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Colorado question: Did marijuana play a role in husband's alleged slaying of wife?

By Kevin Conlon and Shawn Nottingham, CNN
updated 8:47 PM EDT, Fri April 18, 2014
Richard Kirk, 47, allegedly shot his wife, Kristine Kirk, on Monday while she made a 13-minute call to 911.
Richard Kirk, 47, allegedly shot his wife, Kristine Kirk, on Monday while she made a 13-minute call to 911.
STORY HIGHLIGHTS
  • NEW: Authorities charge Richard Kirk with first-degree murder in his wife's death.
  • Denver police say he shot and killed his wife while she was on call to 911
  • Kristine Kirk told 911 operator husband was hallucinating after he had "taken some marijuana"
  • Colorado is first state in the nation to legalize the sale of recreational marijuana

(CNN) -- What role, if any, did legally purchased and consumed marijuana play in a husband's alleged murder of his wife this week in Denver?

That's what police are investigating in the shooting death of Kristine Kirk, who called 911 Monday and, according to a police affidavit, said her husband, Richard Kirk, was hallucinating after he had "taken some marijuana."

"This is under investigation," Denver police spokeswoman Raquel Lopez said about the possibility of marijuana use.

Kristine Kirk, 44, told a 911 operator that her husband also may have been on some prescription medication for back pain, according to a police affidavit.

Woman killed while on phone with 911

The affidavit, written by a police detective, recounts details of the 13-minute 911 call that ended with what the detective described as "the sound of a gunshot."

According to the affidavit:

Kristine Kirk told the 911 operator that her husband was speaking ominously about "the end of the world" and said he wanted her to shoot him.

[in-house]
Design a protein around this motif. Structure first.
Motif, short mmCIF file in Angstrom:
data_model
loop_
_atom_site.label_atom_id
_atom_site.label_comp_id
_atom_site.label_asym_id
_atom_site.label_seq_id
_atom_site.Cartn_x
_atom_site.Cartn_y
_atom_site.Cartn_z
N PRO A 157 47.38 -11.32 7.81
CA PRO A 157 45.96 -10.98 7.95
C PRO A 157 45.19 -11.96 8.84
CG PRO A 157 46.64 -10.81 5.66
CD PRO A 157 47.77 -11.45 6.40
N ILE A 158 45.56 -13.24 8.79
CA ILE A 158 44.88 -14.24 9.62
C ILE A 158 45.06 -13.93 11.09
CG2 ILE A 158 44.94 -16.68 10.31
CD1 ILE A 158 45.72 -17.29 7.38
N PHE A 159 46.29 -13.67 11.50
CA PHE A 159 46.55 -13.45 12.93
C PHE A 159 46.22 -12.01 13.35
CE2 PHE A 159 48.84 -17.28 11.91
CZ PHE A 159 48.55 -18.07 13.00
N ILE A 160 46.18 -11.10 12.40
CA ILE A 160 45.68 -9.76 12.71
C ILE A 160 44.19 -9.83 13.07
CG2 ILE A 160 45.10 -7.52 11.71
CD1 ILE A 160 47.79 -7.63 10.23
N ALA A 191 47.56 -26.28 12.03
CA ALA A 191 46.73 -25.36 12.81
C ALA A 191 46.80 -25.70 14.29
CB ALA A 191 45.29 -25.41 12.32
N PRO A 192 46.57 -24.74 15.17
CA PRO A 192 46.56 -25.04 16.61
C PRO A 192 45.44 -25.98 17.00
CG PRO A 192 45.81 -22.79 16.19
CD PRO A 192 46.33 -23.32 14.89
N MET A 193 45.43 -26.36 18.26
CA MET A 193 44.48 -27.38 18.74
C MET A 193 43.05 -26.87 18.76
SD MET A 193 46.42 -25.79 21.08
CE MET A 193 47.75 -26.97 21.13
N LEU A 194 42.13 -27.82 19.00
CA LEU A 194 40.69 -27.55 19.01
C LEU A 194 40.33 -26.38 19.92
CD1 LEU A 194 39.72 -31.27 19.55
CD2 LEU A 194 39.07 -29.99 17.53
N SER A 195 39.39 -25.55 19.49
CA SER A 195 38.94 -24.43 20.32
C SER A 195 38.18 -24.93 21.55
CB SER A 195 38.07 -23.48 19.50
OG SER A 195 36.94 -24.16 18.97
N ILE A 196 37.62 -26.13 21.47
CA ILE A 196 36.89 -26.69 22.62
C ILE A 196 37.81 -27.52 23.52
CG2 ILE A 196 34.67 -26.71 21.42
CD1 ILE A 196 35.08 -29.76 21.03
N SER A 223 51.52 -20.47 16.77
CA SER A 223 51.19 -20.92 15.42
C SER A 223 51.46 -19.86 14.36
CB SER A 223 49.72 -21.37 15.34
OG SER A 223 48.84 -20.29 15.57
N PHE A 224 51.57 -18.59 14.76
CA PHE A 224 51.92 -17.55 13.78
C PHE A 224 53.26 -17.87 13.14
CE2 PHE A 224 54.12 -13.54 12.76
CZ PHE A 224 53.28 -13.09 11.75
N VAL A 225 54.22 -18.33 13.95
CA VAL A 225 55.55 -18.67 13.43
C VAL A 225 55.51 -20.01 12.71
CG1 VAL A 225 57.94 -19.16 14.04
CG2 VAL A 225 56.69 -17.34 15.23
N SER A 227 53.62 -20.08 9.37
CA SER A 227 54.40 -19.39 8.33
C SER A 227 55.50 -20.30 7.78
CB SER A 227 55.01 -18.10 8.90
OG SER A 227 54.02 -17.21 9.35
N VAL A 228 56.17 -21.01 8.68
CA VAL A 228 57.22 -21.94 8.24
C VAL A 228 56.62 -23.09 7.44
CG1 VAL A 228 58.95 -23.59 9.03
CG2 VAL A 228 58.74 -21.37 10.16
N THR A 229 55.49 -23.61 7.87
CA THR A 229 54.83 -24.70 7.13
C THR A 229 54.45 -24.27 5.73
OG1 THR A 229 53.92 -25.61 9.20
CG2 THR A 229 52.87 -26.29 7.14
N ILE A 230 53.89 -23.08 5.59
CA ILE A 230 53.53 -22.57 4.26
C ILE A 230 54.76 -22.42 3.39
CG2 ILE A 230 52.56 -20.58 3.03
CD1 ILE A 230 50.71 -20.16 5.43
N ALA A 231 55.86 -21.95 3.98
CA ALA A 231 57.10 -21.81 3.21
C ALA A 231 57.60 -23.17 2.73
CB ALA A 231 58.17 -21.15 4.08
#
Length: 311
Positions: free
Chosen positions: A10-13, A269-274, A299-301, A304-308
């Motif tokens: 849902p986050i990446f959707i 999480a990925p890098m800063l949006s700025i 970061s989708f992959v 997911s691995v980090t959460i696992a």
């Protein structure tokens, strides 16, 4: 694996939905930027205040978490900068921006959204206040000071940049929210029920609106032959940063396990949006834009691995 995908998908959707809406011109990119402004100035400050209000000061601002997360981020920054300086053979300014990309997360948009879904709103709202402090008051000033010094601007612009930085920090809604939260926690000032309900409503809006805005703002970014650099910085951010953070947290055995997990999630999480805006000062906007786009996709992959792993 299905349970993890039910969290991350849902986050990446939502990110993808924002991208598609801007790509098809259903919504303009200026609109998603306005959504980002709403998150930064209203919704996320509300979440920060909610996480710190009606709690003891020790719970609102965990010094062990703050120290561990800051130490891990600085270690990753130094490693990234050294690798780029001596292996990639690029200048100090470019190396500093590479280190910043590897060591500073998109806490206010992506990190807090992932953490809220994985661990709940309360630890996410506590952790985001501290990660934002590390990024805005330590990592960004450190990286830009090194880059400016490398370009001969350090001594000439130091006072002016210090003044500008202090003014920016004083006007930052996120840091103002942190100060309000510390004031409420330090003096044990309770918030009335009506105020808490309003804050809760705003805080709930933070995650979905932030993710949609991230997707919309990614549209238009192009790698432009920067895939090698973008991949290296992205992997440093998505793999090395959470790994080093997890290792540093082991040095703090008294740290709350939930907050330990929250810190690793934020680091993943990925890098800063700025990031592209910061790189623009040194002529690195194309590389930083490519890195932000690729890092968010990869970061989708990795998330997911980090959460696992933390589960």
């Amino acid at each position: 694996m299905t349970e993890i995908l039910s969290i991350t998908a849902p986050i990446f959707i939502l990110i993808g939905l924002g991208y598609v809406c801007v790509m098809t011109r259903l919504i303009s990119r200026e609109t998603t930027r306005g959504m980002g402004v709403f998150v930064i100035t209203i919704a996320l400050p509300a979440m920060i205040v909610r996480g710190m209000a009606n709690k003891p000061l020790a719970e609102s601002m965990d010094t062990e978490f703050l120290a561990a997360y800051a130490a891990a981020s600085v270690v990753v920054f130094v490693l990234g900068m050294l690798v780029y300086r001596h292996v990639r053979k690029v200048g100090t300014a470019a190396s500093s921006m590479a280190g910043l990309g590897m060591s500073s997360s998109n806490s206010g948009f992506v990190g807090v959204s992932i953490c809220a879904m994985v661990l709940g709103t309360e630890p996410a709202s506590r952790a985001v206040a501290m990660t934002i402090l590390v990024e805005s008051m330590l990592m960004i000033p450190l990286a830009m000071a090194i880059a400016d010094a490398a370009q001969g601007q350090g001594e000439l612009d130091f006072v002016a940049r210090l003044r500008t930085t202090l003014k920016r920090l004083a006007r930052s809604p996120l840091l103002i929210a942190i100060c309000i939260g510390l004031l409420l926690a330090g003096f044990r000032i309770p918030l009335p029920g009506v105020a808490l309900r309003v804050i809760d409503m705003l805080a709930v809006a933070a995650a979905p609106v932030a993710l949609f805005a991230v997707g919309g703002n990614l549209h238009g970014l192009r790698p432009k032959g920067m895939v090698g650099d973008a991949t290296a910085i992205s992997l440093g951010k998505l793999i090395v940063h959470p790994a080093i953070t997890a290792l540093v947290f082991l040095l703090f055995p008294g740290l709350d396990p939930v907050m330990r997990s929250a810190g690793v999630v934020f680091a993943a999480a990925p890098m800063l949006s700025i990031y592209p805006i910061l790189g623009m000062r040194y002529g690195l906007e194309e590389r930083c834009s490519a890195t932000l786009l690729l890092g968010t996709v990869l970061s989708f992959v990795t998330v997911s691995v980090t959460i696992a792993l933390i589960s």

She said she feared for herself and her three children, who were in the house.

"At one point during the call (she) sounds panicked and tells the 911 operator that Richard was taking the firearm out of the safe," the affidavit says.

Seconds later the 911 operator heard screams and there was a gunshot sound. The call went silent.

Police arrived at the home to find Kristine Kirk dead, a gunshot wound to her head.

As an officer put Richard Kirk in the backseat of a patrol car, he admitted "without questioning" that he killed his wife, a police document says.

On Friday, Denver District Attorney Mitch Morrissey charged Richard Kirk with first-degree murder in his wife's death.

It could not be determined Friday whether Kirk had retained an attorney on his own. The Denver public defender's office didn't immediately return a call.

Investigators took a blood sample to determine whether Kirk was under the influence of any substances at the time of the shooting. But even if those blood tests reveal traces of tetrahydrocannabinol -- or THC, the psychoactive ingredient in marijuana -- some are saying it's unfair and irresponsible to blame the killing on his alleged use of marijuana.

"I think there are a lot of facts that we don't know about this story" said Rachel K. Gillette, executive director of Colorado NORML -- the National Organization for the Reform of Marijuana Laws. "Bottom line: any drug, whether it's caffeine, nicotine, alcohol, cocaine, prescription drugs -- they all come with certain levels of health risks. That's one of the reasons we're right to be regulating (marijuana)"

During a search of the Kirk's home, police found a receipt in the basement for purchases made on the day of the killing at a marijuana dispensary called Nutritional Elements, according to a warrant.

Kirk spent $32.70 on two items: Karma Kandy Orange Ginger -- a type of candy-form marijuana -- and Pre 98 Kush Pre-Roll -- a pre-rolled joint.

Colorado became the first state in the nation to legalize the sale of recreational marijuana, allowing pot stores to open for business on January 1.

A Nutritional Elements employee hung up immediately when a CNN reporter identified himself Friday.

"As tragic as this is" said Gillette, "we can't look at this one isolated incident and say that (legalizing marijuana) was the wrong path to go down. The best way to keep marijuana safe is for regulatory oversight and testing."

Richard Kirk is being held without bond in the Denver Detention Center.

CNN's Carma Hassan contributed to this report.

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